I recently wrapped up a BI/Data Warehouse implementation project where I was responsible for helping a rapidly expanding international e-commerce company replace their aging BI reporting tool with a new, more flexible solution. The old BI reporting tool was based on a “in-memory” reporting engine, was more of a “departmental solution” than an enterprise-grade one, and was not optimally designed. For example, users found themselves downloading data from different canned reports to Excel where they ran VLOOKUPs and pivot tables to compute simple metrics such as average order value and average unit retail. Needless to say despite best of intentions, there had been a communication gap between business users and IT developers on reporting requirements during the implementation of the original BI tool.
In designing and implementing the new solutions, I set the following strategic tenants / guiding principles:
- leverage commercial off-the-shelf (COTS) software; minimize customization and emphasize configuration instead (i.e., chose to buy instead of build, and made sure to not to build too much after buying)
- involve all stakeholders and business users throughout process
- enable business users to use self-service BI tools as much as possible
- train as needed; up-skilling user base on self-service tools is better than hiring army of BI analysts
- leverage data warehouse for both internal and external reporting
- minimize amount of aggregation in Data Warehouse (we did almost no aggregation)
- maximize the processing power of the ROLAP engine by pairing it with a high-performance analytical database (i.e., columnar MPP database)
- stick to Kimball data warehouse design approach as much as possible, but be pragmatic where needed; Star Schema, Star Schema, Star Schema! (no snowflakes here)
- take an iterative approach where possible – need to “ship” on time – understand that 1st release will not be “perfect” but does need to meet business requirements
- for external reporting, provide canned reports only initially; test user adoption and work with clients to understand and address reporting needs over time
We looked at traditional players, open source, emerging technologies, and Cloud BI SaaS providers. I made sure business and IT stakeholders were part of the vendor selection process, ensuring they attended demos and vendor presentations. In the end, Pentaho best matched all our needs, providing us with both a solid ETL and BI reporting engines. Since we looking at providing both internal and external reporting with this solution, traditional BI vendors were prohibitively expensive, and “cloud offerings” were not compatible with our current IT capabilities and architecture (our data was not in the cloud).
Solution Description – Vertica + Pentaho BI/PDI
I proposed and received approval from our senior management and company board of directors to use Pentaho and Vertica as our Business Intelligence (BI) / Data Warehouse (DW) solution.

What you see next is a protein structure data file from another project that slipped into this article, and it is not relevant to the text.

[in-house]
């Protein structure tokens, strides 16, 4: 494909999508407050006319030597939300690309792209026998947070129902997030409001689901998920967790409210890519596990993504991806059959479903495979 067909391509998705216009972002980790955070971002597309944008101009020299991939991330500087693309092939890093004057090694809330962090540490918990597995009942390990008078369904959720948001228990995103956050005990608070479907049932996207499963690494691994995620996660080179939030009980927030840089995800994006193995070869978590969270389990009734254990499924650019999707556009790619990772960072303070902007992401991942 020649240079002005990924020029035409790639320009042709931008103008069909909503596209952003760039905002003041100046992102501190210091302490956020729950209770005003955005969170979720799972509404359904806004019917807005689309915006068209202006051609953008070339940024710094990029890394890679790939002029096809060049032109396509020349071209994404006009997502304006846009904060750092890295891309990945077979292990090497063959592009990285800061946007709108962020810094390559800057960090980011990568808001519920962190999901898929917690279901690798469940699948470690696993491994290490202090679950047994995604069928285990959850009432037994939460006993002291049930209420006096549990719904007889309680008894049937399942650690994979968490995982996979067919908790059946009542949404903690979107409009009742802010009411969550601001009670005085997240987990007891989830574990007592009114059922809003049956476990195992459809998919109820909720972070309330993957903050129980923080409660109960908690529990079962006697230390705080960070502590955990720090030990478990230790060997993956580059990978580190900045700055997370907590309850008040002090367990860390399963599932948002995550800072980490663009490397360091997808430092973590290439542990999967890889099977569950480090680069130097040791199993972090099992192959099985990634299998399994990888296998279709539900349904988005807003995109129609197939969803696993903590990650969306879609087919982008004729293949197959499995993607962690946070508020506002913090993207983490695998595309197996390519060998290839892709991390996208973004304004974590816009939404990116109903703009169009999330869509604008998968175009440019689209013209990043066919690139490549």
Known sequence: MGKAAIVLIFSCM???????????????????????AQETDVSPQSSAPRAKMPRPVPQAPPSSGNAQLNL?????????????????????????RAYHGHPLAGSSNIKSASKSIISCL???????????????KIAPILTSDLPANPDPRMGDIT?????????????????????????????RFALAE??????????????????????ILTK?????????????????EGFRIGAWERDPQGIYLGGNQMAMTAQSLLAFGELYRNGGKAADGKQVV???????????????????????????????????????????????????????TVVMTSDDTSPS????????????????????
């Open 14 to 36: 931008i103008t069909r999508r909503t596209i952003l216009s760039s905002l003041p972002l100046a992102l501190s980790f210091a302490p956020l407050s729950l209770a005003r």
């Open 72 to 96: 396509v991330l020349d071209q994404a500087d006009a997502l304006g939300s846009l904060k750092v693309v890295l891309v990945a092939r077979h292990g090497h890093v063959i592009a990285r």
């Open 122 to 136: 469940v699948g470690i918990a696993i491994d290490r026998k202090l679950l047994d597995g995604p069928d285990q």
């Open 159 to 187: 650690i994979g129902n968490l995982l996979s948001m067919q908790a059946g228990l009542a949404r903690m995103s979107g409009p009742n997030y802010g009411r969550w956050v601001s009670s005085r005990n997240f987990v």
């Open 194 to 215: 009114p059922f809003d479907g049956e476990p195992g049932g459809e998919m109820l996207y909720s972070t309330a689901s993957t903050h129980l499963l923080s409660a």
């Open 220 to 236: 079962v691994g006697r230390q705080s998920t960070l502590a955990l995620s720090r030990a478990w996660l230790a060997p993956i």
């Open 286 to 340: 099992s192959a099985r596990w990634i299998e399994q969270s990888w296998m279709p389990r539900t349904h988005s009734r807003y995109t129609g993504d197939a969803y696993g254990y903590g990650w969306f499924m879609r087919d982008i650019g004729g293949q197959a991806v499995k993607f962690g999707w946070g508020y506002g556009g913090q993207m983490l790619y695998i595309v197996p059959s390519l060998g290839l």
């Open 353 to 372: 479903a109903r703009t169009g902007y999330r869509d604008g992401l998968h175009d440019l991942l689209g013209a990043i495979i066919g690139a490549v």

HP Vertica is a columnar MPP database that is 20-100 times faster than Oracle. HP Vertica is available in a Community Edition; allowing organizations to use all the features of the database for free for data up to 1TB on three nodes. You can also install the database on a single node, though for a true proof of concept, you should get at least 3 nodes. We started using Vertica 6.1 Community Edition for proof of concept (POC) and then later upgraded to an enterprise license when we went live in production.
Pentaho is an open source BI platform and ETL tool. I liked the fact that it was open source; allowing us to highly customize the BI implementation if we chose to, as well as develop our own ETL connectors and routines. Some of the client tools are a bit quirky, but I do not what BI/ETL software isn’t, given the complexity of these tools. Overall the product is solid and delivers as expected. We got the enterprise edition for the additional features and product support from Pentaho. One thing that is annoying, is all the configuration files that are spread all over the place. To be fair, this is probably more of a Java application configuration issue, than a Pentaho issue.
When I tell people that I’m using Pentaho, they are usually surprised; then I find out they were using Pentaho 3.x and then I’m not surprised by their reaction. Pentaho 4.x is a big step up from previous major releases, and Pentaho 5.0 is looking really good (I like their UI redesign). I encourage anyone who looked at an early version of Pentaho to take another look. The product has matured and is worth another look.
When I was selecting a BI vendor, the thought “no one ever got fired for choosing IBM (Cognos)” crossed my mind. I could have gone the “safe” route and used one of these other tools. However, I believe the combination of Vertica + Pentaho has delivered more value to the organization in a shorter amount of time that it would have been for us to realize with these other vendors. For our organization, for our business needs, and for the realities of our IT capabilities at the time, Pentaho + Vertica was the way to go. We delivered the project on time and within budget (and without astronomical first-year costs). We have 100% user adoption internally, and are getting very positive feedback from our merchant clients.
- Recognized by CEO for on-time, on-budget implementation; received “A” grade on end-of-year Enterprise-wide Strategic Initiatives Scorecard
- Excellent user adoption
- Positive feedback from external clients
- Reduced manual reporting tasks over 50% (and over 80% in certain departments)